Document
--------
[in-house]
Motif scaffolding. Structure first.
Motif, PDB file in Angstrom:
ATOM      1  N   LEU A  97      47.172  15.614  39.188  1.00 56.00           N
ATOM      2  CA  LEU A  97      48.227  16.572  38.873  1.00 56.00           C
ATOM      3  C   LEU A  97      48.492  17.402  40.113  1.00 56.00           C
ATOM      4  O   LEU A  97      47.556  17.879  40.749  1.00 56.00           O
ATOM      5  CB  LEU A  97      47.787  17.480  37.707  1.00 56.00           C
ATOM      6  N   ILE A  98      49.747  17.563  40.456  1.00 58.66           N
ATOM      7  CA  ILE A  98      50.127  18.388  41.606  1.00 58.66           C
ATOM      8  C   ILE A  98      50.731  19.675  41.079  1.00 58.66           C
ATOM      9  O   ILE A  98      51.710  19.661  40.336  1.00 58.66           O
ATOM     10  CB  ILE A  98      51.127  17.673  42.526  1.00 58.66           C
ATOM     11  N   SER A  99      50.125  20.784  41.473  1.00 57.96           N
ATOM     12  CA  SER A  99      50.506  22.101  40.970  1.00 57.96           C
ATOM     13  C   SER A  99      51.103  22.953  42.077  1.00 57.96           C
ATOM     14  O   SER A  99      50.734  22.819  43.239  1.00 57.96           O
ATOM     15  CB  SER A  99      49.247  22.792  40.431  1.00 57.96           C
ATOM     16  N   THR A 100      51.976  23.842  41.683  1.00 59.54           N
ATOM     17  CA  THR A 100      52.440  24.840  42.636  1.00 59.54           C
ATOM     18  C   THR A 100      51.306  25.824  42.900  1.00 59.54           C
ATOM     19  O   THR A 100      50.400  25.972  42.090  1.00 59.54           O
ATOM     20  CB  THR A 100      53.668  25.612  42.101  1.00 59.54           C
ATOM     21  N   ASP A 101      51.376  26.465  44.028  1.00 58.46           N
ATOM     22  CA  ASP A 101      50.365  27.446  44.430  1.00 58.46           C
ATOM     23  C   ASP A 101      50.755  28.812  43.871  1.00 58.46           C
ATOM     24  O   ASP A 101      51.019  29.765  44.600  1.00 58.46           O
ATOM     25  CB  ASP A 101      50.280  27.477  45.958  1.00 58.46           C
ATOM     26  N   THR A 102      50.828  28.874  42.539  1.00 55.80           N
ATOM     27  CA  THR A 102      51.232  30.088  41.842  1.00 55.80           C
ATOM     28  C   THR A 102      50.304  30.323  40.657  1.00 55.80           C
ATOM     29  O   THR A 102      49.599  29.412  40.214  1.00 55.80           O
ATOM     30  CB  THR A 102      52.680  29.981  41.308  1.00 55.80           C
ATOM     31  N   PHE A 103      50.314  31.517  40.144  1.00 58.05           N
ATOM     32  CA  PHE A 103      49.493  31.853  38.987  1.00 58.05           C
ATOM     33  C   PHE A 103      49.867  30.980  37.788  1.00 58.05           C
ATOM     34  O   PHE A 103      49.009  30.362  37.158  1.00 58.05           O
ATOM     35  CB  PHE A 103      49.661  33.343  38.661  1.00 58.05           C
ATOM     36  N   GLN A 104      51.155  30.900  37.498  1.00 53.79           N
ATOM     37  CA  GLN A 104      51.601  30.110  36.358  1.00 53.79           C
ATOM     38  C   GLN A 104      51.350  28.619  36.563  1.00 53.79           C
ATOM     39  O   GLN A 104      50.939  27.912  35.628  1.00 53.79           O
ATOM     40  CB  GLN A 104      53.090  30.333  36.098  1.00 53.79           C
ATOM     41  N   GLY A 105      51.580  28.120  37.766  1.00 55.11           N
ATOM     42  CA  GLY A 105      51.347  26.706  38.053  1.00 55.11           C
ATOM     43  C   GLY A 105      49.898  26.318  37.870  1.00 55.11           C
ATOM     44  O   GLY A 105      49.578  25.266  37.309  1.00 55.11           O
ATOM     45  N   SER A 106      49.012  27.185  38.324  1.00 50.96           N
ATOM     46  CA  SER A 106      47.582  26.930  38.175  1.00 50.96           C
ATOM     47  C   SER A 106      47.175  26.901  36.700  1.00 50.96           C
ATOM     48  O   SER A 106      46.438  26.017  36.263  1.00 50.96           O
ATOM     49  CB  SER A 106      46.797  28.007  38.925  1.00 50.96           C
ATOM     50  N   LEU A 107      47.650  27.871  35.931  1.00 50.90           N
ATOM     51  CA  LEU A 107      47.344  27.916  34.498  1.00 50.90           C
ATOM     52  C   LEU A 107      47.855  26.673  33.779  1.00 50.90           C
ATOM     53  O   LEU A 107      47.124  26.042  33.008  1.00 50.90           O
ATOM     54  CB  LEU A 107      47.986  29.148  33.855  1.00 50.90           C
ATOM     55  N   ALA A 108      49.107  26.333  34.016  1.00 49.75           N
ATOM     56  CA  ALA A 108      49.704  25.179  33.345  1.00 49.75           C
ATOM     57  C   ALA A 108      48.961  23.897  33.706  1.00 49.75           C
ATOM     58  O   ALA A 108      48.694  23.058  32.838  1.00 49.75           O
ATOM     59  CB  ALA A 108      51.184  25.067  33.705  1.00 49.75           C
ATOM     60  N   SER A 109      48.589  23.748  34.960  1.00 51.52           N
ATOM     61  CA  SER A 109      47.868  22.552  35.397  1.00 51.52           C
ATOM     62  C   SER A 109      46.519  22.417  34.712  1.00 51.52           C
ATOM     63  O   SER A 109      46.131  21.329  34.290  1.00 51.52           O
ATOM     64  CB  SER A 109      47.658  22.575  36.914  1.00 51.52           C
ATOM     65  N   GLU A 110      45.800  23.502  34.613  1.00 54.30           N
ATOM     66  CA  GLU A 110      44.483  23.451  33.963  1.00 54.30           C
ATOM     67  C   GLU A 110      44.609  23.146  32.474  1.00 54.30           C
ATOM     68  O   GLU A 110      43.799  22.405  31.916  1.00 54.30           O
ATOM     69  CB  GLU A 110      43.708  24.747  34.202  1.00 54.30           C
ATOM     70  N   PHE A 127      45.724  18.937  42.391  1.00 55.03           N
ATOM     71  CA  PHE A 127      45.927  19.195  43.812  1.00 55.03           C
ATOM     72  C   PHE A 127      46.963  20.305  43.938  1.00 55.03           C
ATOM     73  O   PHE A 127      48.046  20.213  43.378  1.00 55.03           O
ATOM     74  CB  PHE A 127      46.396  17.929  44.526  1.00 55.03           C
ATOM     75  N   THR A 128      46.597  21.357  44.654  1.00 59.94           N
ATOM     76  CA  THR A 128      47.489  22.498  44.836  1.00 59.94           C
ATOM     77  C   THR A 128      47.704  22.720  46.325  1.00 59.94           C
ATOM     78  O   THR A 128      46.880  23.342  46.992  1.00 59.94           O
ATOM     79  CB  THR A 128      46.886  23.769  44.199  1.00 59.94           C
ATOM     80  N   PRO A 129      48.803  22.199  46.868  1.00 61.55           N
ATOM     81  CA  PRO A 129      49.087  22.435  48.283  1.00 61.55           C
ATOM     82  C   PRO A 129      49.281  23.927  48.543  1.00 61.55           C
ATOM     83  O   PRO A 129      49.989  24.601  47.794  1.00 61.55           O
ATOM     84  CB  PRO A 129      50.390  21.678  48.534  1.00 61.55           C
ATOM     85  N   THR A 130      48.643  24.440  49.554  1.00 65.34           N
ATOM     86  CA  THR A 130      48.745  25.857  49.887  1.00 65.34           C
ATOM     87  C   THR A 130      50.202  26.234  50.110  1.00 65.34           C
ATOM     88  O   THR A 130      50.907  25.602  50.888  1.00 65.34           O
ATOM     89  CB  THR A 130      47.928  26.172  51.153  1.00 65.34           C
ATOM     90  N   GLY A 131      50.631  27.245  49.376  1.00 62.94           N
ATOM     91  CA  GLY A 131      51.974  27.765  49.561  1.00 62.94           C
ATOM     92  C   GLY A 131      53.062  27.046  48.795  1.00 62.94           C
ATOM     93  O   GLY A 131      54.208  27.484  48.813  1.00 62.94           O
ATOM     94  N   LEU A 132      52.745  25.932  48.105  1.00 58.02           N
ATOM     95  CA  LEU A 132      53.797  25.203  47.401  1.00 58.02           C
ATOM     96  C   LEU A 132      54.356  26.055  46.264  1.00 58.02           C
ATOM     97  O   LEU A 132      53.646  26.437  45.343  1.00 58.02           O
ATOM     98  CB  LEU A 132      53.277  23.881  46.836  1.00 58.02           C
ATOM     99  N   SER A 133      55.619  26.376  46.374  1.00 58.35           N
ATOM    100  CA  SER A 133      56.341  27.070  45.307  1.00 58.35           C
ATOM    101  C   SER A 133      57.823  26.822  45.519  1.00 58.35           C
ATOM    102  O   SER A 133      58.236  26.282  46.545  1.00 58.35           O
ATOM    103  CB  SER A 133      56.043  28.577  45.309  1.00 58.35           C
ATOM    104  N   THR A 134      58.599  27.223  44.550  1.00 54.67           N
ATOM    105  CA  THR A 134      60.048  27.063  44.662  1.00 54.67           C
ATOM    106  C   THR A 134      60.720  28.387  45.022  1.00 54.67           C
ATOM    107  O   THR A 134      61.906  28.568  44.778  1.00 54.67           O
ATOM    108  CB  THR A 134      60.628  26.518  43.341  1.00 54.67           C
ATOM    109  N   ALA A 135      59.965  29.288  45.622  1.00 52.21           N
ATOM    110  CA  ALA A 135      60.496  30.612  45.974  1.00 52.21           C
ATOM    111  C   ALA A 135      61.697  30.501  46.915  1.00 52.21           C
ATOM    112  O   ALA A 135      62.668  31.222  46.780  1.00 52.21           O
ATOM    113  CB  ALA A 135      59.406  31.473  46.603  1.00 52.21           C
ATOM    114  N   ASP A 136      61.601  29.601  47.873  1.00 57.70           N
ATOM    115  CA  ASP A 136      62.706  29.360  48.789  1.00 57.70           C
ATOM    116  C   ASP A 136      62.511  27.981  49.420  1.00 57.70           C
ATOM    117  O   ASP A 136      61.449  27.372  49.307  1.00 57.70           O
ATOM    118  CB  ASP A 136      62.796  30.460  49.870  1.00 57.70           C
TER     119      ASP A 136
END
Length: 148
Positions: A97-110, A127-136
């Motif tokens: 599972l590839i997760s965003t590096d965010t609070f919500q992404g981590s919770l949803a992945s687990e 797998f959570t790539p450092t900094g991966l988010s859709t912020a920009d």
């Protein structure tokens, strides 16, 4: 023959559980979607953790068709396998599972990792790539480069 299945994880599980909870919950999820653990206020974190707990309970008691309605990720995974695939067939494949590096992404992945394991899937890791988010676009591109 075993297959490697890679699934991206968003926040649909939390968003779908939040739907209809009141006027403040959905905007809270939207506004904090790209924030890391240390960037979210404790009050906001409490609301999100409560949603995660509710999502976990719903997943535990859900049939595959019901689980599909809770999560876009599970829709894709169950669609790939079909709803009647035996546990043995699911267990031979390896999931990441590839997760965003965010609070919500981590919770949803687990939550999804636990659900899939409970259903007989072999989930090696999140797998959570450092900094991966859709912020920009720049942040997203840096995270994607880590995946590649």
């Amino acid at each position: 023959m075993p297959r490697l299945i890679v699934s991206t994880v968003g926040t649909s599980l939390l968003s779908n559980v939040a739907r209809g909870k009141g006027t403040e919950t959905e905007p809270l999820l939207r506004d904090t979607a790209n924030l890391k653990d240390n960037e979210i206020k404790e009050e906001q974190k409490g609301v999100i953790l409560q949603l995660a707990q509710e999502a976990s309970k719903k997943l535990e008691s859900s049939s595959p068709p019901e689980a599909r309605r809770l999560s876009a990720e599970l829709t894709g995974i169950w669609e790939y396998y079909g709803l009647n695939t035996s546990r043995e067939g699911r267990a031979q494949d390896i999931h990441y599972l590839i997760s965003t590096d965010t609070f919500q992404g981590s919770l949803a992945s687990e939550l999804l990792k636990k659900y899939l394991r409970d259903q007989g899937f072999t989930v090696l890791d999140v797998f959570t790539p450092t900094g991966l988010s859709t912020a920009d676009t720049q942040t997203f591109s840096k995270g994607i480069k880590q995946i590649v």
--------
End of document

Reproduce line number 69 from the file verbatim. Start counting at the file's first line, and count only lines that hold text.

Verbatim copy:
ATOM     66  CA  GLU A 110      44.483  23.451  33.963  1.00 54.30           C